March 16, 2011 11:13:47am
Re: Japan's Unfolding Nuclear Reactor Accident
Right now this is an accident where the vast majority of the released radioactive contamnation is a tropospheric event. It is currently unlike Chernobyl in that none of the releases from Fukushima Daiichi so far have likely had sufficient energy to loft the material into the jet stream. Once material from Chernobyl hit the jet stream it traveled around the globe in about 26 days.
So for now, as long as things in Japan don't degrade further, most of the radioactive contamination will be confined to a relatively small area (100s of square miles, possibly larger). Distribution of released material is entirely dependent upon the weather and I agree that you probably won't see anything in Nepal - in fact, depending on the elevation where you are you are probably being exposed to a higher naturally occurring general radiation level than the people of Japan are, even in the areas where contamination has spread.
It is absolutely essential to understand that potassium iodide (KI) tablets will only protect against thyroid uptake of radioactive iodine-131. KI tabs will do nothing for other radionuclides.
It is also very important to understand the difference between radiation and contamination. The news media is using the terms interchangeably and that is incorrect as they are very different. In short, radiation is the energy emmitted by a radioactive isotope, contamination is the actual radioactive dirt. You can receive radiation exposure without being contaminated - just like a medical or dental xray. You receive a very small dose of radiation exposure but you aren't contaminated.
Radioactive contamination will no doubt be the long term environmental and multi-generational concern as the various compounds work their way into the food chain and water supply.
Radiation readings need to be understood in the context they are used. For example, the rad levels at the gate of the Fukushima Daiichi complex may be inconsequential - compared to the cloud of Iodine 131 you may be standing in, or the particulate Cobalt-60 contamination you are standing in as a steam vent condensed and dropped particulate in the surrounding environment. The rad levels associated with this contamination might be "low", but the risk of ingestion, deposition and long term concentrated exposure to surrounding tissue is not.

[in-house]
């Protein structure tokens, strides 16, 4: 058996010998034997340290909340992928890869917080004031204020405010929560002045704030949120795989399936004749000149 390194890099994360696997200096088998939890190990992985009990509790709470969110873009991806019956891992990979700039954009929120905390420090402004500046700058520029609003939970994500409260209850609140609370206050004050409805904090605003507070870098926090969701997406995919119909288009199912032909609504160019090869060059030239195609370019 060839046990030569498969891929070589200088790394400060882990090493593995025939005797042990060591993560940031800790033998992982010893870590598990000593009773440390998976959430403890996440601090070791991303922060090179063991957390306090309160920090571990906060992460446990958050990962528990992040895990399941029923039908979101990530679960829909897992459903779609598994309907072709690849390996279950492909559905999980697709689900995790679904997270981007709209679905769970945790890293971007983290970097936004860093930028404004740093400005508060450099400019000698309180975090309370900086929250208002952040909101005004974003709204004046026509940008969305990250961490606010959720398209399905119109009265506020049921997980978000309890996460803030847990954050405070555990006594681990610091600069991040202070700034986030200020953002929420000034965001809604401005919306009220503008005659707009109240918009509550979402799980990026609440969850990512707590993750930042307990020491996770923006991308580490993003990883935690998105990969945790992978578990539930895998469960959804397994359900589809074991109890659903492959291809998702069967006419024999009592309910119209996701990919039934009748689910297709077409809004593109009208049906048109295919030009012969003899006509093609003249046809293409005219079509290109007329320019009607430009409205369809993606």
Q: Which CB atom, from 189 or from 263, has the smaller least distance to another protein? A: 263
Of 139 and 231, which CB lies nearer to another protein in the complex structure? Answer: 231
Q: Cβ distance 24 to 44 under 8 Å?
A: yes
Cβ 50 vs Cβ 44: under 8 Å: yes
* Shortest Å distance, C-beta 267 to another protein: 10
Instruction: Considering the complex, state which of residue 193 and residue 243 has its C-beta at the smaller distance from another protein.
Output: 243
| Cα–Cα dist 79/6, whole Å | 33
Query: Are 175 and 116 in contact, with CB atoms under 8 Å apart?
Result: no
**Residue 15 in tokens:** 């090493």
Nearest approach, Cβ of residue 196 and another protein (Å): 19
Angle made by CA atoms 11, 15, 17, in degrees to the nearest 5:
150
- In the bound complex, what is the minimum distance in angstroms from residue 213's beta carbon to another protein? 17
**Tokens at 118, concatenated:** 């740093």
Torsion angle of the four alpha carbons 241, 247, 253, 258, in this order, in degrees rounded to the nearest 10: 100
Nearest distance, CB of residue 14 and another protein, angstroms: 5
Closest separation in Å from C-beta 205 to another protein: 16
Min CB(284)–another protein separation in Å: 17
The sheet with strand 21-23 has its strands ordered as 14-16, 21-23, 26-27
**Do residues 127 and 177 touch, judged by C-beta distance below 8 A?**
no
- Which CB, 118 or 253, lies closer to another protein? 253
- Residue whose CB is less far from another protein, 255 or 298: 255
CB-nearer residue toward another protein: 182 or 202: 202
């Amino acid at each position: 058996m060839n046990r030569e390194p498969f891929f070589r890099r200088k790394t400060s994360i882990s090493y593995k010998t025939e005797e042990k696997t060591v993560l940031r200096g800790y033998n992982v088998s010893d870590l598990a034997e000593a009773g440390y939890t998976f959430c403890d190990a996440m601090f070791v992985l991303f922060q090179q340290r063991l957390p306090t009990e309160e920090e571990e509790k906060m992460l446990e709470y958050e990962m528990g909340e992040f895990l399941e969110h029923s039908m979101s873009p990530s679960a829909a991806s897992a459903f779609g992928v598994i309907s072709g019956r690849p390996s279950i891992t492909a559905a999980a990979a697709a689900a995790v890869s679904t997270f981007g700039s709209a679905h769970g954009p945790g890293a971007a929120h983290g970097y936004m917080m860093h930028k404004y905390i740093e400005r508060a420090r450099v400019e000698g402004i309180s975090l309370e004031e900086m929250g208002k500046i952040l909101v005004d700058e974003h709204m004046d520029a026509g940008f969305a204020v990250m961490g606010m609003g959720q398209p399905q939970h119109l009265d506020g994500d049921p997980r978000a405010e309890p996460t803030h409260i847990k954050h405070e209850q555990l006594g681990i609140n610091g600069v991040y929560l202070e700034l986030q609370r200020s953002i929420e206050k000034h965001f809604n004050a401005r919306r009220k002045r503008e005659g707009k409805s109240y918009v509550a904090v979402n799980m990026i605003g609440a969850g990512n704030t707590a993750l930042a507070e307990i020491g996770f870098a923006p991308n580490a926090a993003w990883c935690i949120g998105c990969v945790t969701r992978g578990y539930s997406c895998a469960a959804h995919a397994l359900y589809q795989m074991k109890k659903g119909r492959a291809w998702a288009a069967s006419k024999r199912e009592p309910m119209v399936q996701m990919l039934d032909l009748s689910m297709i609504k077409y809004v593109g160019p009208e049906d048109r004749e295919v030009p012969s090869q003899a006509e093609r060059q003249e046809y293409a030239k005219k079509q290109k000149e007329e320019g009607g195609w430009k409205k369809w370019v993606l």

Conversely, the emergency response workers combatting the casualty are far less concerned with the contamination levels then they are with the radiation levels. Anti-Contamination clothing, force air respirators, and other PPE offer a great degree of protection against skin and/or internal contamination, but do very little for general radiation.
Since the accident occurred and has unfolded, the news media has been using radiation and contamination interchangeably and there is a significant difference. You must understand the differences and you must understand the context in which you might be exposed to either since the risk mechanisms for radiation or contamination are not the same, nor is one necessarily worse than the other.
- Internal contamination is worse than a short duration exposure to low to moderate whole body radiation levels.
- External skin contamination is generally 'better' than exposure to moderate to high rad levels. As long as the contamination is external, you can decontaminate yourself with simple soap and water.
- Exposure to contamination wearing appropriate protective clothing and equipment is better than exposure to elevated rad levels.
- Exposure to very high radiation levels is almost always worse than contamination. Especially if the dose accumulates or there is an acute exposure to high rad levels. Depending on the rad level, incapacitation due to radiation exposure/poisoning can happen in a matter of minutes, days or months.
- Highly radioactive Internal contamination is about as bad as it can get. Second only to an immediately incapacitating dose or exposure to rad levels approaching LD50/30. (The dose level where 50% of those receiving the exposure wil die of radiation poisoning/complications within 30 days.)
Understanding the difference between radiation and contamination and the risk mechanism for both is essential so you can properly formulate an effective personal response plan BEFORE you are exposed to them.